He’s a New Yorker to the fullest – straight from the Bronx – who practiced Tar Heel traditions at North Carolina, before being selected by the Philadelphia Warriors but never playing. Walsh opted for coaching at UNC instead, then South Carolina, then as an assistant coach for Larry Brown with the Denver Nuggets.

A storied career with the Indiana Pacers soon followed, where he rebuilt the team through Reggie Miller. And man, was Miller ever a Knicks killer.

Now Walsh aims to do the same with New York (minus Miller).

It’s only fitting – after talking to Walsh and getting to know his thoughts on the state of the Knicks – that his first change in New York was eliminating the strict and paranoid media policy that had been no doubt hurting the franchise.

Had that policy remained in place, I’m not sure Walsh would have signed-on to help reform the Knicks in the first place. Under the old regime, we certainly wouldn’t have been able to chat courtside without a team representative present, that’s for sure.

He knows the press isn’t the enemy.

Walsh may be getting up there, but he’s as new school as he is old school.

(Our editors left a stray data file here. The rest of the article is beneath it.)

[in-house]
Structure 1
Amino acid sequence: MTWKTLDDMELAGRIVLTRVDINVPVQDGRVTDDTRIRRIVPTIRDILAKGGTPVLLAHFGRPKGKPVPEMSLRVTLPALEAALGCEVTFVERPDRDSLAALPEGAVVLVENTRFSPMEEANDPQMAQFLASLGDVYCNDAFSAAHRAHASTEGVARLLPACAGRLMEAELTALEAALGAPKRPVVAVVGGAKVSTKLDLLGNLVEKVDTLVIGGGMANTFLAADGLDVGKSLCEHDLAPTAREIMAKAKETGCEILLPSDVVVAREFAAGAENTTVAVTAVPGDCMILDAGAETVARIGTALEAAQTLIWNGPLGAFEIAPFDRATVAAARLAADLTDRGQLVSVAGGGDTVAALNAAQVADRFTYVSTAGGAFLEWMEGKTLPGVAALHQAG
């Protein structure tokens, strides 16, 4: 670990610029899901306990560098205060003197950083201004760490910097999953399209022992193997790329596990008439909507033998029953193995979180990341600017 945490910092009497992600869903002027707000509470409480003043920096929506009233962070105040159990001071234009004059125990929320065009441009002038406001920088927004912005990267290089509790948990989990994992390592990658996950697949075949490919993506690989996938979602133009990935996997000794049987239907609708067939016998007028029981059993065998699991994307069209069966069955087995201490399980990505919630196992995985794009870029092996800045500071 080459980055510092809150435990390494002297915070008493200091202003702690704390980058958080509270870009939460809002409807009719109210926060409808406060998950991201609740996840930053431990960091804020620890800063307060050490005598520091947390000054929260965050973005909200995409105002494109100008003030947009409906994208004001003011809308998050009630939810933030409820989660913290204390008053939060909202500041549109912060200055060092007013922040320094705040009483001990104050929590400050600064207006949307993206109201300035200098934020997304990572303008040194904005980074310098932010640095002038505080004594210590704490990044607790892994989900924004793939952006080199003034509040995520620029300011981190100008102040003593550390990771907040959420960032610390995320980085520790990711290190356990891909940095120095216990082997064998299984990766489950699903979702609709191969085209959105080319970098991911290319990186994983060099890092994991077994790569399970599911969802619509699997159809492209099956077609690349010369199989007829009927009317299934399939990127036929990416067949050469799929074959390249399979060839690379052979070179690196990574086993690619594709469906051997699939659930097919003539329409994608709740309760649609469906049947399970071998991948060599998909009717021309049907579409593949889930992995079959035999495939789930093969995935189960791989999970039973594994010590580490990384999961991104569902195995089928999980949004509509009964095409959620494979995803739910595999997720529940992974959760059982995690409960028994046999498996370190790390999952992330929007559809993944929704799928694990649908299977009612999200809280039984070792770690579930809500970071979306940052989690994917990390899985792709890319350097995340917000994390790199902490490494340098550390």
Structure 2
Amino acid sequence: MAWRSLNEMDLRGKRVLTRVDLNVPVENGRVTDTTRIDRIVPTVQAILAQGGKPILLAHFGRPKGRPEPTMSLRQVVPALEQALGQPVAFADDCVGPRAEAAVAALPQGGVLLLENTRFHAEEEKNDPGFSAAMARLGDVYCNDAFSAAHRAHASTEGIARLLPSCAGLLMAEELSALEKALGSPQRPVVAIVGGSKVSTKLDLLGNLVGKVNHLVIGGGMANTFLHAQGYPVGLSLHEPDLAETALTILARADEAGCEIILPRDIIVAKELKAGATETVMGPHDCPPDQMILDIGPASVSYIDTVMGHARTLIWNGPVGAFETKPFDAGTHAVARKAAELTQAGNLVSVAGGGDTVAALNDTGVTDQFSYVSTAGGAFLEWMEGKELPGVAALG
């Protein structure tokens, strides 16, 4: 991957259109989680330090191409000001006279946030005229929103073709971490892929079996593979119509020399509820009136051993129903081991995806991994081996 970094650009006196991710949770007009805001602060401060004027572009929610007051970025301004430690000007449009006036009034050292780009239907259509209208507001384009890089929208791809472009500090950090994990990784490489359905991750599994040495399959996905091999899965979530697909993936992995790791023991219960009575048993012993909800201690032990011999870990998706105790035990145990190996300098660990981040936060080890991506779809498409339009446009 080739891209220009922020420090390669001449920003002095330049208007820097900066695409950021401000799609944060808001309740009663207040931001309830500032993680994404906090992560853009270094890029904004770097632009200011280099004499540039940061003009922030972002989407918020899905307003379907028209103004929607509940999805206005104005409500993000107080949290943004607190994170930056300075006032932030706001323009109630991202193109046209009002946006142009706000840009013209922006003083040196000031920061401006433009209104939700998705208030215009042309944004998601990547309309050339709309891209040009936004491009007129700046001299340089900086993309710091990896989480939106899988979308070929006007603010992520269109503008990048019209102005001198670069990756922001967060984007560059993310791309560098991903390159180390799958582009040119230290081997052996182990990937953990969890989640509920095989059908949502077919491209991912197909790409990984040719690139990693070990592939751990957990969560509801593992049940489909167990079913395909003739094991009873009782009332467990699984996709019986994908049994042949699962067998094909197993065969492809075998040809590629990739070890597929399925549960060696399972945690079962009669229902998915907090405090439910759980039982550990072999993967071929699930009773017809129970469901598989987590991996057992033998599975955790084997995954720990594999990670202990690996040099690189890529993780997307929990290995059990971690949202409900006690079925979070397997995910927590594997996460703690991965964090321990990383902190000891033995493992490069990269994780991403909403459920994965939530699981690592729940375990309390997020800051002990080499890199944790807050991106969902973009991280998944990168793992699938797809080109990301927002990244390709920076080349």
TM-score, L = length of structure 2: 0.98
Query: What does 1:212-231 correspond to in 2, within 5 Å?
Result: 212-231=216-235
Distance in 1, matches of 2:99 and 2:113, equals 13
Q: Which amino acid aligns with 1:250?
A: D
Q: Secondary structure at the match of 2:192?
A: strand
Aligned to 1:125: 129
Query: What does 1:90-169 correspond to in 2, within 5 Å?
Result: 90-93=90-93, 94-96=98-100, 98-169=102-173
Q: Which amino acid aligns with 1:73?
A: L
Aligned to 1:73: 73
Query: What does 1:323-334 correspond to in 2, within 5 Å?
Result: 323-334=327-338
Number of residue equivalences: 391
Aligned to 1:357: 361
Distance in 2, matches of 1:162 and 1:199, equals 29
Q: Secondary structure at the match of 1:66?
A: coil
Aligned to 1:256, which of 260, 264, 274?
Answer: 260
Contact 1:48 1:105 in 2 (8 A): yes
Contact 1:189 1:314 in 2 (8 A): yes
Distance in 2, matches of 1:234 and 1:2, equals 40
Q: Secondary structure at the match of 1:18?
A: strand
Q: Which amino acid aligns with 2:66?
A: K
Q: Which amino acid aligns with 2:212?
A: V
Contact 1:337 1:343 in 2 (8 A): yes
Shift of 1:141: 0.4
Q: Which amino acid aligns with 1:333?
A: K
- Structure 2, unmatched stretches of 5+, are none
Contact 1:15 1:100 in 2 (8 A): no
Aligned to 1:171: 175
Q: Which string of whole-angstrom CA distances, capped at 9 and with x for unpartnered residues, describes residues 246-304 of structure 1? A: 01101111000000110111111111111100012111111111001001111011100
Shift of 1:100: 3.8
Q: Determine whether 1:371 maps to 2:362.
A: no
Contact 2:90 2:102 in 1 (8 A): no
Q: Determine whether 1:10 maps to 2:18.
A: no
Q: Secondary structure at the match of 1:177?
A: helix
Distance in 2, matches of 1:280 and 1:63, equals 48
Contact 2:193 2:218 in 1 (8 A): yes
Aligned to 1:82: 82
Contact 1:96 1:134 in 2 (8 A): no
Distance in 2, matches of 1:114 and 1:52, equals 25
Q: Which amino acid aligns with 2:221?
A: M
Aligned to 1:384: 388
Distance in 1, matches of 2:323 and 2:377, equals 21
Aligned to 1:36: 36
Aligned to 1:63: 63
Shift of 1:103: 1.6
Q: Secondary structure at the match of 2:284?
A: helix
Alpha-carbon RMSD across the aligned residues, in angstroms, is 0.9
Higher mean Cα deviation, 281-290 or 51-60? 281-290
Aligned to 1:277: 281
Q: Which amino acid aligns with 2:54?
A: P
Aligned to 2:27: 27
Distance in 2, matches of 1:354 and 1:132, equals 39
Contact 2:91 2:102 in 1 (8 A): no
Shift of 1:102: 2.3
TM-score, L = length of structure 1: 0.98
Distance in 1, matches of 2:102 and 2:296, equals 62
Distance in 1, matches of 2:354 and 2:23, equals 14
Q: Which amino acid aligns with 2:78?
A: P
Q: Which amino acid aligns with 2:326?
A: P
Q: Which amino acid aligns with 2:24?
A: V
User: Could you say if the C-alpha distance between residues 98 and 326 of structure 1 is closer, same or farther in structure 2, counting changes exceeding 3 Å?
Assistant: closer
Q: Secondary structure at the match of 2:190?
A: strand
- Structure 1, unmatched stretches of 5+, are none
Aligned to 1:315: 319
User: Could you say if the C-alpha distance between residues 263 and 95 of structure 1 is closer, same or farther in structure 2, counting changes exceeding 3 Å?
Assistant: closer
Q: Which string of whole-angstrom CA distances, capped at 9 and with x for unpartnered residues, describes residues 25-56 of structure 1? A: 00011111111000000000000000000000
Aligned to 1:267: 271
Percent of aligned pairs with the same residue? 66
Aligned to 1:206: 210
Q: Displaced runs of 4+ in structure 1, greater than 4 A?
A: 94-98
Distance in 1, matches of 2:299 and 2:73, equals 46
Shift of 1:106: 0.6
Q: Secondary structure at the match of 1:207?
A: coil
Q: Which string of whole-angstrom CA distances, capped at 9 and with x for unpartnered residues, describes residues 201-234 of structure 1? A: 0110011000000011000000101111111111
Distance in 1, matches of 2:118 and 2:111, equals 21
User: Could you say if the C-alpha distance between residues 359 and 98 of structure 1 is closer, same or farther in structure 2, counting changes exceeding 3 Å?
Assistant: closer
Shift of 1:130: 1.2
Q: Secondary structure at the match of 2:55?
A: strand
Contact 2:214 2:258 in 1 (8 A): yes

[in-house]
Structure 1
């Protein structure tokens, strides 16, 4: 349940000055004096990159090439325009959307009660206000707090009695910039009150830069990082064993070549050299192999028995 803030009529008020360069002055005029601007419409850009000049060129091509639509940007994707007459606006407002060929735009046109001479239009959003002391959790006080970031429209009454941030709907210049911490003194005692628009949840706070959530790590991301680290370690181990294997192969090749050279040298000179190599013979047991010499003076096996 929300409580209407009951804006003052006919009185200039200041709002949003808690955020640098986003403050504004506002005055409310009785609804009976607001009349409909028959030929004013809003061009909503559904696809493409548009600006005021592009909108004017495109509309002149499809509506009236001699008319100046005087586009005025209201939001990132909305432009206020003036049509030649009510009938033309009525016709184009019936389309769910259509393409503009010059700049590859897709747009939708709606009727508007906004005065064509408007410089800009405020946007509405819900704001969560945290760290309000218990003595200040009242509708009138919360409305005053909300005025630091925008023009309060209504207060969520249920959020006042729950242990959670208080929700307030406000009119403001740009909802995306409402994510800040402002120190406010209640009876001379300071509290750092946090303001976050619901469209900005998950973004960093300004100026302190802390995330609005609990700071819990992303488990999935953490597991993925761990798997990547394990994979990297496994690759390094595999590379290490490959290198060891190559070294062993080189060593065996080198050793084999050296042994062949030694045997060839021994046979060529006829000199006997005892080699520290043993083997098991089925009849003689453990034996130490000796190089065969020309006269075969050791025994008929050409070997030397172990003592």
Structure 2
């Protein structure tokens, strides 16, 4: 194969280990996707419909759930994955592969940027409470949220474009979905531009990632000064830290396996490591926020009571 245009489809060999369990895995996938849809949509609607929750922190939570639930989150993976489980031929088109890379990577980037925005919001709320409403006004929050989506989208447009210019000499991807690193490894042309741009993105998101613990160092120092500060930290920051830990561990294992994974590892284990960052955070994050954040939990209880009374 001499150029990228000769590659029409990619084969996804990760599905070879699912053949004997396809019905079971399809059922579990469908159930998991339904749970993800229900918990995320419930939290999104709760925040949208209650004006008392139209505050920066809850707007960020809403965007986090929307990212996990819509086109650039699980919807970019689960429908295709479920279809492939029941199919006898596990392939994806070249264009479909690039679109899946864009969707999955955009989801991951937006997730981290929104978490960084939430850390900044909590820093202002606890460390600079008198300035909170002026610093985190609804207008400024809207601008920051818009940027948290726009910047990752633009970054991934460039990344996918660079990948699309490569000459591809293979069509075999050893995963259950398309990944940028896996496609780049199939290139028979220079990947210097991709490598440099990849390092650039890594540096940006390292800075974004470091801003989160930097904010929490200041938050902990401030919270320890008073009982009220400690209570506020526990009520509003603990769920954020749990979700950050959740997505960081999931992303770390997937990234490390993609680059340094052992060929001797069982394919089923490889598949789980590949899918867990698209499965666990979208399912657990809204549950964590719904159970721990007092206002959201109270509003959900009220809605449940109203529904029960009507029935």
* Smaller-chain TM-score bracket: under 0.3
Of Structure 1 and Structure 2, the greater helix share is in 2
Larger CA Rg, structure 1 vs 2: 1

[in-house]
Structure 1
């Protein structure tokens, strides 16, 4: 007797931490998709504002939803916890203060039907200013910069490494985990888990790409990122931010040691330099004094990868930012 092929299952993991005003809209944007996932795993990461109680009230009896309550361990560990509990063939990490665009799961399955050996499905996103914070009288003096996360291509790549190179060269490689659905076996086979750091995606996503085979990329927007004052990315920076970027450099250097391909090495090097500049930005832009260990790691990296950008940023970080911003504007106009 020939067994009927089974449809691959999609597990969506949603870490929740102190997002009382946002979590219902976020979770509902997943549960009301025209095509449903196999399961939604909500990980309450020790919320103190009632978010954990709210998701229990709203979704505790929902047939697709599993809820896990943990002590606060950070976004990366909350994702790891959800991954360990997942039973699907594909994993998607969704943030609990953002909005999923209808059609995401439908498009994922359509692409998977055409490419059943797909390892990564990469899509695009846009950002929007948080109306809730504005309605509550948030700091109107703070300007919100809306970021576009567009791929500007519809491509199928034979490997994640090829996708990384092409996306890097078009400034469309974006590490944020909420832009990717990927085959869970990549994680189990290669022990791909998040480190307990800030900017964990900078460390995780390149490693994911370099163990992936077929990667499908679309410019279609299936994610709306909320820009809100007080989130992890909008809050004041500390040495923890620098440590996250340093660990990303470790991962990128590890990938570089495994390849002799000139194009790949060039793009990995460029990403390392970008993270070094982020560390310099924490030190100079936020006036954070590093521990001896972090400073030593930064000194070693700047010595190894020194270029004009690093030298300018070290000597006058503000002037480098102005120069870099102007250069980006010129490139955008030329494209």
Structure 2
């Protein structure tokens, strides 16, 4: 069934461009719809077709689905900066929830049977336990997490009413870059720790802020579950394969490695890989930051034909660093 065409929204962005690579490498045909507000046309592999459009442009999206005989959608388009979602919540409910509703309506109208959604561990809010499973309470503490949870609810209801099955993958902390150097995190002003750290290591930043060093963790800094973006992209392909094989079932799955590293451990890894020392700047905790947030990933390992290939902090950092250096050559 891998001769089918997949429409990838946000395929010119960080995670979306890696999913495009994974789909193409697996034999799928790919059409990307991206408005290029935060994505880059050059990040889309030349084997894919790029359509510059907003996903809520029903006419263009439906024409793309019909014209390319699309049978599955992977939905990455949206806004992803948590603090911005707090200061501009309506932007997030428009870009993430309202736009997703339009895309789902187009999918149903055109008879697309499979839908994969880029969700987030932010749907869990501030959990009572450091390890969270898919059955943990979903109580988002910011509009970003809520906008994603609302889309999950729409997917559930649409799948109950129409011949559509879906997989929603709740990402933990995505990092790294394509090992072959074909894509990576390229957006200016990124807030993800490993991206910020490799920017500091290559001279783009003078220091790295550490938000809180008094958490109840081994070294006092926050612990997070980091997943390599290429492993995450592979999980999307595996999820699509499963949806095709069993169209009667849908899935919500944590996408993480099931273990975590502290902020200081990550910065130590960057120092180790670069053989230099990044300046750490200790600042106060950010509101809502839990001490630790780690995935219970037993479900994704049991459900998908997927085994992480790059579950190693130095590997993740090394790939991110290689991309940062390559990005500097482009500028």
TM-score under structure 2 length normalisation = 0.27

At 68-years-old, he stays up late to watch games on NBA TV, is attached at the hip to his BlackBerry – even if he would rather not be at times – and makes the cross country treks and long road trips to keep tabs on the team and staff.

Is he a miracle worker though?

We’ll find out in the summer of 2010.

pic via: cbc


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will1Well, that was fun for Portland while it lasted. The five-game win streak is over after losing to Dallas. So why is closing the book on a win-streak actually a good thing?

That’s easy.

It puts life out West in perspective for the Blazers.

The last thing Portland needs right now is to rattle off 10-straight like the Boston Celtics, then have everyone gunning for them to fall on their faces. Forget that. The Blazers are better off flying under the radar and sneaking up on teams. That’s why they are sitting fourth out West in the first place.

It’s not that Portland has to win every game. Certainly helps, but it isn’t a must. Because right now, the Blazers are sitting right where they want to be while teams around them are beginning to hit the skids.

Tt’s more important to get and stay healthy than it is to win six, seven or eight games in a row. Wins will soon follow.